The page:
Here’s one of the biggest reasons I object to what has come to be called “Christian Nationalism”: we simply do not find anything like it in the New Testament.
In this essay, I would like to sketch what I believe is the biblical alternative to Christian Nationalism: Christian Faithfulness. But before I do, allow me to acknowledge an inherent problem in this that I believe has led to a lot of confusion: everything about what I am going to describe as New Testament Christian Faithfulness is also part of Christian Nationalism. In other words, Christian Nationalists will read what I write here, and they will say, “I agree with that. That’s Christian Nationalism.”
But let me stress this: I agree that Christian Nationalists want Christian Faithfulness—but they want more than this. Let me try to illustrate this with a picture:
The fact is that I hate the same kinds of things happening in our culture that the Christian Nationalist hates, and I truly do appreciate the kind of Christian Faithfulness that many Christian Nationalists promote. On both of these, we agree.
But it is important to recognize that while I am about to sketch the New Testament picture of Christian Faithfulness that most (all?) Christian Nationalists would also promote, they want more than this.
What Is Christian Nationalism?
What more do they want? As I pointed out last week, Christian nationalism is the idea of a nation that explicitly considers itself to be Christian and governs itself accordingly. Stephen Wolfe’s book, The Case for Christian Nationalism has become the default standard for the idea, and here is how he defines it:
Christian nationalism is a totality of national action, consisting of civil laws and social customs, conducted by a Christian nation as a Christian nation, in order to procure for itself both earthly and heavenly good in Christ.
Christian Nationalism is, as I have noted, a desire to make a nation externally “Christian” in terms of culture and laws, because Christian nationalists believe this is what will be best for its citizens and ultimately lead its citizens to faith in Jesus Christ. On a larger scale, it is a desire to rebuild what has come to be called “Christendom,” what Doug Wilson has described as “a distinctively Christian civil order.”
The New Testament Does not Contain Anything Like Christian Nationalism
My first objection to Christian Nationalism is that it has been tried before, and every time it was tried, it failed. Furthermore, the establishment of a purely external “cultural Christianity” actually hinders the Great Commission since it creates an unregenerate nominal “Christianity.”
But my second related objection is that we simply do not find anything like what Christian Nationalists propose in the pages of the New Testament. I specifically say New Testament here because of the nature of God’s progressive revelation. Hebrews 1:1–2 succinctly summarize this important doctrine:
Long ago, at many times and in many ways, God spoke to our fathers by the prophets, but in these last days he has spoken to us by his Son, whom he appointed the heir of all things, through whom also he created the world.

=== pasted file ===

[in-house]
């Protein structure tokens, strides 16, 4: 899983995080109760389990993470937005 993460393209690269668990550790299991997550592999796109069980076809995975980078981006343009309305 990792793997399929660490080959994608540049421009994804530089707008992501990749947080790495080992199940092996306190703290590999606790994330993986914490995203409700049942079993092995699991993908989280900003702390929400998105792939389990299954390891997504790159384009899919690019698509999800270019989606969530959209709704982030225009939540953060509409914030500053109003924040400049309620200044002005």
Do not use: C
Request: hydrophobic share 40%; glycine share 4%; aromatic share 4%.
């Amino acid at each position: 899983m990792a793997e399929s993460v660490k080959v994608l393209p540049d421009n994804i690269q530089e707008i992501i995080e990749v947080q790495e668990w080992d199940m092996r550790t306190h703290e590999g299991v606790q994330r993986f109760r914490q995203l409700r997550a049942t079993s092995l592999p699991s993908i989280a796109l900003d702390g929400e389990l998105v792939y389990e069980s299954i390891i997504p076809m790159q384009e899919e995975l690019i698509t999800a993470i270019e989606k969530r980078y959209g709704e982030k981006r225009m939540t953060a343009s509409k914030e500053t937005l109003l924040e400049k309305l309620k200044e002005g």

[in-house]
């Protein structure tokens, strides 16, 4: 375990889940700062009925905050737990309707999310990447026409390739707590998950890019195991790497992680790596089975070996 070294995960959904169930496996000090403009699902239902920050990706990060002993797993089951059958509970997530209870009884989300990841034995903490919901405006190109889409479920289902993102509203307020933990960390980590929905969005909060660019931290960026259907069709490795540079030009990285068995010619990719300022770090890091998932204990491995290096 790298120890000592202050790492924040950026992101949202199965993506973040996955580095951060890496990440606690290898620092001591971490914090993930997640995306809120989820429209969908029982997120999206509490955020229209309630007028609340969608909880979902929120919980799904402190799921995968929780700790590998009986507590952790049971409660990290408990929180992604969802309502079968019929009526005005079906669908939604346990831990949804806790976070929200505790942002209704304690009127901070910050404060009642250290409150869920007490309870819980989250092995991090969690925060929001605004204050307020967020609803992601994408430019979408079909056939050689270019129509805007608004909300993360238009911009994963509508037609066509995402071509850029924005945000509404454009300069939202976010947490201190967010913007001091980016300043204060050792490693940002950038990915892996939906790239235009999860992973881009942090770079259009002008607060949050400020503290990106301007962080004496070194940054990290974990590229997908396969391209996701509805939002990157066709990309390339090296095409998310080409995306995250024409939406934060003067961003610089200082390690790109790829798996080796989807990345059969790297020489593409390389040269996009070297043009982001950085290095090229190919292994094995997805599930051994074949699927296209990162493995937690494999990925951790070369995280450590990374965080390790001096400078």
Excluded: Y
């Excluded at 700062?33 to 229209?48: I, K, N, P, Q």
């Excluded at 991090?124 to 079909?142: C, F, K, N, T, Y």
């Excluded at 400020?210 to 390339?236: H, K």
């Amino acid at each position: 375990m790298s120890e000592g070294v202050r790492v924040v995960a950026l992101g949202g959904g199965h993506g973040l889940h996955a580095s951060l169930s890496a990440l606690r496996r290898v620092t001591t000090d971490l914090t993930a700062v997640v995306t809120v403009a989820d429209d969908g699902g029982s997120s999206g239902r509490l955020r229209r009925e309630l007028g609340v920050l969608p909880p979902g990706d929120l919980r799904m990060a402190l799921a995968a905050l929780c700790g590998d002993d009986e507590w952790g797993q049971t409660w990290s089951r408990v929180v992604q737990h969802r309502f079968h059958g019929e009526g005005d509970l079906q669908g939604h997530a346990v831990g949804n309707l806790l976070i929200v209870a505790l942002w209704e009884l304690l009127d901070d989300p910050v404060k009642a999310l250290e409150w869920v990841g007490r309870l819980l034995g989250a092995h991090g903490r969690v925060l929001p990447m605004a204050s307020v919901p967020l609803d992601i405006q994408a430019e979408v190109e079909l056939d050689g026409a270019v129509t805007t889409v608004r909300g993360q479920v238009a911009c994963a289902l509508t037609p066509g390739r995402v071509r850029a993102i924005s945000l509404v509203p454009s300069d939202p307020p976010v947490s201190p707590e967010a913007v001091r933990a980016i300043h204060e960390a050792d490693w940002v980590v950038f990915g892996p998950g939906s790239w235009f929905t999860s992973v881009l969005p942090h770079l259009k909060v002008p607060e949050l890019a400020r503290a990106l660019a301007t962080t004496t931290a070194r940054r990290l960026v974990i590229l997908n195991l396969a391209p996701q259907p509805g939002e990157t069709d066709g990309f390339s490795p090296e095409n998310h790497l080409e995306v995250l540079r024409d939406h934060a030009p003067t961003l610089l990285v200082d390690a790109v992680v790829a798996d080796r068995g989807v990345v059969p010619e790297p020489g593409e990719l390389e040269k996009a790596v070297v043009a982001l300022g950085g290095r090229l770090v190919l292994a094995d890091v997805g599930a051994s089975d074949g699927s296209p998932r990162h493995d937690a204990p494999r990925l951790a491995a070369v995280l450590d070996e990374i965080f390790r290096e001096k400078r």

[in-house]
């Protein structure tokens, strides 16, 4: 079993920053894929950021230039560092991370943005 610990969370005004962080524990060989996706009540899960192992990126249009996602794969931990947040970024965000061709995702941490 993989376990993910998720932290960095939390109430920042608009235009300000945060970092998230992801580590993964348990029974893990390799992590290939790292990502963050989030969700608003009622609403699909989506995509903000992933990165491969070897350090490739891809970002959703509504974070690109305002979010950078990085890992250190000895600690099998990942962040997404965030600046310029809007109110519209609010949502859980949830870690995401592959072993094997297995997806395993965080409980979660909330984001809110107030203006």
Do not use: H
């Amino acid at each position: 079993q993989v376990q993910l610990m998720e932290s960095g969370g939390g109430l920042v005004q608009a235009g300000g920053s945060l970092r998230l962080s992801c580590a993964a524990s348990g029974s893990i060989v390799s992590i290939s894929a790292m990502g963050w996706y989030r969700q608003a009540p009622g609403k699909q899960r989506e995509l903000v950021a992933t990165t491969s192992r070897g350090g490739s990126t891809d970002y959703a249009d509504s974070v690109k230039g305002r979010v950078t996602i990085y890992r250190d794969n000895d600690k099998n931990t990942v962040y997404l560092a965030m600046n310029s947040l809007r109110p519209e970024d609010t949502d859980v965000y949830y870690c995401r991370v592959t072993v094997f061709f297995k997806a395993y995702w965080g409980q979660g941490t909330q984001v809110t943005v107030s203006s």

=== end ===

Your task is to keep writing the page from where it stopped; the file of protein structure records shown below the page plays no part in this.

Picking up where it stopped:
All Scripture is inspired, authoritative, profitable, and sufficient, but not all in the same way. For example, are the Mosaic dietary restrictions profitable? Sure; but not in the same way as Paul’s discussion of dietary restrictions in Colossians 2. This is because God’s working out of his sovereign plan to establish his kingdom on earth is progressive, and thus the revelation he gave us in each successive administration of his plan is also progressive.
All Reformed theologians believe this, though Baptists and Presbyterians will differ slightly since Presbyterians believe that the Old and New Covenants are two administrations of one covenant (emphasizing more continuity between the OT and NT), and Baptists believe that the New Covenant is “not like” (Jer 31:32) the Old. This is why I have noted that Christian Nationalism sounds like an application of paedobaptism to nations, and thereby inherently inconsistent with Baptist theology.
The supreme specific authority for what the NT church is and how we are supposed to conduct ourselves in this stage in the outworking of God’s plan must come from the NT, particularly the Epistles. Edward Hiscox, author of the influential book on Baptist polity, New Directory of Baptist Churches, says it this way:
The New Testament is the constitution of Christianity, the charter of the Christian Church, the only authoritative code of ecclesiastical law, and the warrant and justification of all Christian institutions.1Edward T. Hiscox, New Directory of Baptist Churches (Philadelphia: Judson Press, 1894), 11.
The Pilgrim Character of the New Testament
With this in mind, what is the overarching character of the NT’s instructions regarding how we ought to be living in this age? The apostle Peter summarizes it well in 1 Peter 1:17:
And if you call on him as Father who judges impartially according to each one’s deeds, conduct yourselves with fear throughout the time of your exile.
As believers in Jesus Christ, “our citizenship is in heaven” (Phil 3:20). We are “citizens with the saints and members of the household of God” (Eph 2:19), and as such, we are set apart from the unbelieving people of this world (Jn 15:19; 17:14, 16). Jesus said that this world hates him, because he “testif[ies] about it that its works are evil” (Jn 7:7). Galatians 1:4 calls this world the “present evil age.” Second Corinthians 4:4 identifies the “god of this world” as one who has “blinded the minds of the unbelievers, to keep them from seeing the light of the gospel of the glory of Christ,” this one who Ephesians 2:2 calls “the prince of the power of the air, the spirit that is now at work in the sons of disobedience.”
This is why Peter describes our current situation as “the time of your exile” (1 Pet 1:17) and specifically calls us “sojourners and exiles” (1 Pet 2:11). John commands Christians, “Do not love the world or the things in the world” (1 Jn 2:15), and Paul insists that Christians “do not be conformed to this world” (Rom 12:2).